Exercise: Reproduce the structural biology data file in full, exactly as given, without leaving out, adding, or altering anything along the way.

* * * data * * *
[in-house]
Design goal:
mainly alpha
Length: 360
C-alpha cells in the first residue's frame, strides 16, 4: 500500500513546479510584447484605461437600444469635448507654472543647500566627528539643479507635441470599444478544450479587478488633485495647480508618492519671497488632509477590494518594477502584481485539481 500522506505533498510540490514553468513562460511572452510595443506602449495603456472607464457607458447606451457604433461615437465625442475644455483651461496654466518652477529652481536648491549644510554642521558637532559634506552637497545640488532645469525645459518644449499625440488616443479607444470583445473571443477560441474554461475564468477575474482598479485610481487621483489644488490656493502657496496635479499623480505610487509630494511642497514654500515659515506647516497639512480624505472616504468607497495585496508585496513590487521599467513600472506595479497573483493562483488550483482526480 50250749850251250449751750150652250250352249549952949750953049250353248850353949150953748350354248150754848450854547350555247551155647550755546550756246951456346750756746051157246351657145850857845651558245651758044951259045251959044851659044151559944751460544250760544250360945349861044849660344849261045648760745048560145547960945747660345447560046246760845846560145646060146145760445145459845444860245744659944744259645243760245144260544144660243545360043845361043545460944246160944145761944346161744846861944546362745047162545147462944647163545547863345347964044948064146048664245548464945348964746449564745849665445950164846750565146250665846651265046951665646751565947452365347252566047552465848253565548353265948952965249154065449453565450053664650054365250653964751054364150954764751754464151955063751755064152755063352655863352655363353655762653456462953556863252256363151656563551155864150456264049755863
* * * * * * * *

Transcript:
[in-house]
Design goal:
mainly alpha
Length: 360
C-alpha cells in the first residue's frame, strides 16, 4: 500500500513546479510584447484605461437600444469635448507654472543647500566627528539643479507635441470599444478544450479587478488633485495647480508618492519671497488632509477590494518594477502584481485539481 500522506505533498510540490514553468513562460511572452510595443506602449495603456472607464457607458447606451457604433461615437465625442475644455483651461496654466518652477529652481536648491549644510554642521558637532559634506552637497545640488532645469525645459518644449499625440488616443479607444470583445473571443477560441474554461475564468477575474482598479485610481487621483489644488490656493502657496496635479499623480505610487509630494511642497514654500515659515506647516497639512480624505472616504468607497495585496508585496513590487521599467513600472506595479497573483493562483488550483482526480 50250749850251250449751750150652250250352249549952949750953049250353248850353949150953748350354248150754848450854547350555247551155647550755546550756246951456346750756746051157246351657145850857845651558245651758044951259045251959044851659044151559944751460544250760544250360945349861044849660344849261045648760745048560145547960945747660345447560046246760845846560145646060146145760445145459845444860245744659944744259645243760245144260544144660243545360043845361043545460944246160944145761944346161744846861944546362745047162545147462944647163545547863345347964044948064146048664245548464945348964746449564745849665445950164846750565146250665846651265046951665646751565947452365347252566047552465848253565548353265948952965249154065449453565450053664650054365250653964751054364150954764751754464151955063751755064152755063352655863352655363353655762653456462953556863252256363151656563551155864150456264049755863